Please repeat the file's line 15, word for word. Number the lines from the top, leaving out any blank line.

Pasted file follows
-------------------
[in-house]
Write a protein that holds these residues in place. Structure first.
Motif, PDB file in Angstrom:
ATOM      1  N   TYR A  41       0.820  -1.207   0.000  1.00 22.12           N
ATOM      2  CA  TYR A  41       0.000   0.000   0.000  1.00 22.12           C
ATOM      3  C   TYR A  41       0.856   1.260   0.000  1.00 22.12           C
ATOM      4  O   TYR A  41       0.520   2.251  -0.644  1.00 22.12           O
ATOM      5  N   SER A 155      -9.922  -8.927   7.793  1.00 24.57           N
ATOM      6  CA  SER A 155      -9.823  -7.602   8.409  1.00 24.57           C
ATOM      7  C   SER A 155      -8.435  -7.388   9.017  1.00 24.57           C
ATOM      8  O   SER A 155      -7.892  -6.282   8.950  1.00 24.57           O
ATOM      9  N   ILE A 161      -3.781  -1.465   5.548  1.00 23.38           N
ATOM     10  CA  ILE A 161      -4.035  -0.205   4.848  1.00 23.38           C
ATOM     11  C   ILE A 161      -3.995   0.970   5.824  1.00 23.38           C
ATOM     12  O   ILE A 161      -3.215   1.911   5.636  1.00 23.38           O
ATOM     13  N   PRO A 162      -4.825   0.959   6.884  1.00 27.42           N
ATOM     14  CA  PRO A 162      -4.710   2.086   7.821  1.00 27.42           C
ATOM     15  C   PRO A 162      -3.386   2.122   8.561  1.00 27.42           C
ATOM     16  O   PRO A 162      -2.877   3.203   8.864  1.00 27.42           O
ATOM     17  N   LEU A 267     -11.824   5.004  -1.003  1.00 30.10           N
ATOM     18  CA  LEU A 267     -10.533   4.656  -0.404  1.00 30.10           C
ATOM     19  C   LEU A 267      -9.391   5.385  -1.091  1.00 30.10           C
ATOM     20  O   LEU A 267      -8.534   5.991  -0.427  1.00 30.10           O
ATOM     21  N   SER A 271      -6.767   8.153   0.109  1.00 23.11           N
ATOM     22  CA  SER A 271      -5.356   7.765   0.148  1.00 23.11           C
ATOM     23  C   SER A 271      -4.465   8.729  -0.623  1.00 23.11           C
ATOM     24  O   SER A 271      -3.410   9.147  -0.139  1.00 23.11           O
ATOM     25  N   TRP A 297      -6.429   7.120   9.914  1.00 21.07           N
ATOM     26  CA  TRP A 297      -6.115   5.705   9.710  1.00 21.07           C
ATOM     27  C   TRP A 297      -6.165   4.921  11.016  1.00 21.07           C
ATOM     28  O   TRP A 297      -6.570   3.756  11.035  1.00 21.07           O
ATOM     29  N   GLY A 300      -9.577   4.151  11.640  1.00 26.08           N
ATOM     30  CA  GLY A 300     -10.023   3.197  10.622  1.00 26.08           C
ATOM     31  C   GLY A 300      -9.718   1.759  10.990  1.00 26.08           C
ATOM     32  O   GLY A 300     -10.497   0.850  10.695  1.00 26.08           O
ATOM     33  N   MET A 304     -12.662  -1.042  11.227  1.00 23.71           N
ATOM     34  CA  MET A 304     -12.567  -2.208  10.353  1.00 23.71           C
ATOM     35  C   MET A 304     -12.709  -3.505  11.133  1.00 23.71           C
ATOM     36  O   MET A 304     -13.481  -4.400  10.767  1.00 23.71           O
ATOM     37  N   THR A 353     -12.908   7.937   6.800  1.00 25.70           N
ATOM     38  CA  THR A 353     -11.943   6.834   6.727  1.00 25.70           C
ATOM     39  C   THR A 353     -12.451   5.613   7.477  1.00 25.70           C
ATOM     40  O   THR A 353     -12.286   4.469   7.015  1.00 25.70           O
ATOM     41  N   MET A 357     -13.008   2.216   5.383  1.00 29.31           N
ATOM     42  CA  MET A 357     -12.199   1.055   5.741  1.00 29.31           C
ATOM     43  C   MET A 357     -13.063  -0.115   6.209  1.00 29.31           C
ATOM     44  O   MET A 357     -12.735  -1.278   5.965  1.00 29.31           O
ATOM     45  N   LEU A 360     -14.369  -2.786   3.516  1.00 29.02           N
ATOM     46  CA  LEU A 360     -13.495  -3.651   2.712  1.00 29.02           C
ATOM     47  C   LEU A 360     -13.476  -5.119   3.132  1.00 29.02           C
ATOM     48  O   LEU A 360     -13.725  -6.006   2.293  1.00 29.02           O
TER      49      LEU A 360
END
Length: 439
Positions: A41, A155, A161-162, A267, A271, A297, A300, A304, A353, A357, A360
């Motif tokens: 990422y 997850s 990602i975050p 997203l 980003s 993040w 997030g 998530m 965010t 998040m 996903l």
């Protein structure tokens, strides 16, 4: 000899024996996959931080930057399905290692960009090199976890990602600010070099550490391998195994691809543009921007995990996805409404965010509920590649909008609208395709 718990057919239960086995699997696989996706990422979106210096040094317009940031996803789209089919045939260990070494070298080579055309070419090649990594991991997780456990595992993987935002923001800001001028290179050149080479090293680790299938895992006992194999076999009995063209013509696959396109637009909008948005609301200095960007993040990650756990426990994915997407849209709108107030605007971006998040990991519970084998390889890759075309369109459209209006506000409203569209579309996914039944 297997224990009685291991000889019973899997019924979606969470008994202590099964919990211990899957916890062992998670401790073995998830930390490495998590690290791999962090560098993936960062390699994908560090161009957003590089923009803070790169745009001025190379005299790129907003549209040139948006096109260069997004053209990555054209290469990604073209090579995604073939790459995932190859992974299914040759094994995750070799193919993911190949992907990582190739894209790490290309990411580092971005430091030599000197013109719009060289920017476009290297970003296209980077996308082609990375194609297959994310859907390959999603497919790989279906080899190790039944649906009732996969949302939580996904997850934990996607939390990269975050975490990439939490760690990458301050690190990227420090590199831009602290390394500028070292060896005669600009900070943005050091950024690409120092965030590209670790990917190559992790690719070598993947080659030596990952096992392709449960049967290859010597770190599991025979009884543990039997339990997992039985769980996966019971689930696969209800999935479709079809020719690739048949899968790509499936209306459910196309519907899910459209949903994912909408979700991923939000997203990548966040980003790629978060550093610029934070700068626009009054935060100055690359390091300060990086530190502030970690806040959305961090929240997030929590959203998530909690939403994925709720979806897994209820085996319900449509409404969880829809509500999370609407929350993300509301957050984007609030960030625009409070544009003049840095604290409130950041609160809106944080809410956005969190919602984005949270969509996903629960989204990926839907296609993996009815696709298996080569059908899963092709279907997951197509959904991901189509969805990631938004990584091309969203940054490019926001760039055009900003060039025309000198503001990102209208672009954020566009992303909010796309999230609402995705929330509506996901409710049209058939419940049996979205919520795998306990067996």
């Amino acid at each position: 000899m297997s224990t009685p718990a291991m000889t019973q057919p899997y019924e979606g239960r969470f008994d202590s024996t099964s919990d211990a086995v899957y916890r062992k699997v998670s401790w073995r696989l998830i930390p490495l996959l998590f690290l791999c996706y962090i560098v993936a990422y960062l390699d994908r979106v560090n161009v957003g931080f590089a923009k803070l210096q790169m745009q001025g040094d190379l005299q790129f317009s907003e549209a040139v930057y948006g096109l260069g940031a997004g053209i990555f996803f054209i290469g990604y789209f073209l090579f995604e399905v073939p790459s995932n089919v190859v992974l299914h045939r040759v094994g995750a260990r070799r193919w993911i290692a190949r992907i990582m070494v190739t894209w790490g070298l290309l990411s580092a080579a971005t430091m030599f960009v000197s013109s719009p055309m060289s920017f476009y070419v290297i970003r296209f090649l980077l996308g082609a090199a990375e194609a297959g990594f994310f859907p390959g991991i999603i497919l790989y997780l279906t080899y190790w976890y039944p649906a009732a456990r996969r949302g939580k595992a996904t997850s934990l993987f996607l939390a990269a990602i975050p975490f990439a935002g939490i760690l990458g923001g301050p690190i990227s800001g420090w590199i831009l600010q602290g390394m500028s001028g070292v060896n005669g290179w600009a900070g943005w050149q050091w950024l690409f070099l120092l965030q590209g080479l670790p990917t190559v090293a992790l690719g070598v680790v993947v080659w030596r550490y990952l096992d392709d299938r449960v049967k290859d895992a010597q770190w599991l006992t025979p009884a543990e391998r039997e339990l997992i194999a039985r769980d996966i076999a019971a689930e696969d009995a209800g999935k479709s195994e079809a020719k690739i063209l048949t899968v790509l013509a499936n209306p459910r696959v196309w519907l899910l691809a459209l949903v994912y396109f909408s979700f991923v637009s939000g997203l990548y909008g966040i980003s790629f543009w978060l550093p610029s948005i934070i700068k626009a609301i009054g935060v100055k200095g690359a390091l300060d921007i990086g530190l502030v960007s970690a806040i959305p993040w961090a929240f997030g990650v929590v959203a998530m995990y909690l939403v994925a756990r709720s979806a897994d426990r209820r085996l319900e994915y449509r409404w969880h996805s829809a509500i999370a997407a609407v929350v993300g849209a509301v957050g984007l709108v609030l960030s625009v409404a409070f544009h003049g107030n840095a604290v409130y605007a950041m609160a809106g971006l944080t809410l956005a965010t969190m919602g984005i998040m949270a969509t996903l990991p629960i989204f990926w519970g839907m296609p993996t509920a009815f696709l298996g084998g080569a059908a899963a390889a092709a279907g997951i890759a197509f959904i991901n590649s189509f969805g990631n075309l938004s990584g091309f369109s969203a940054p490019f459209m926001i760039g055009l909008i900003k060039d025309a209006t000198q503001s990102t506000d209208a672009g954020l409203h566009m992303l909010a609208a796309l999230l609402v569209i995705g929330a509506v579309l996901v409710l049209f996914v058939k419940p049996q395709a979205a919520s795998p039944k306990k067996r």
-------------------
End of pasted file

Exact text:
ATOM     12  O   ILE A 161      -3.215   1.911   5.636  1.00 23.38           O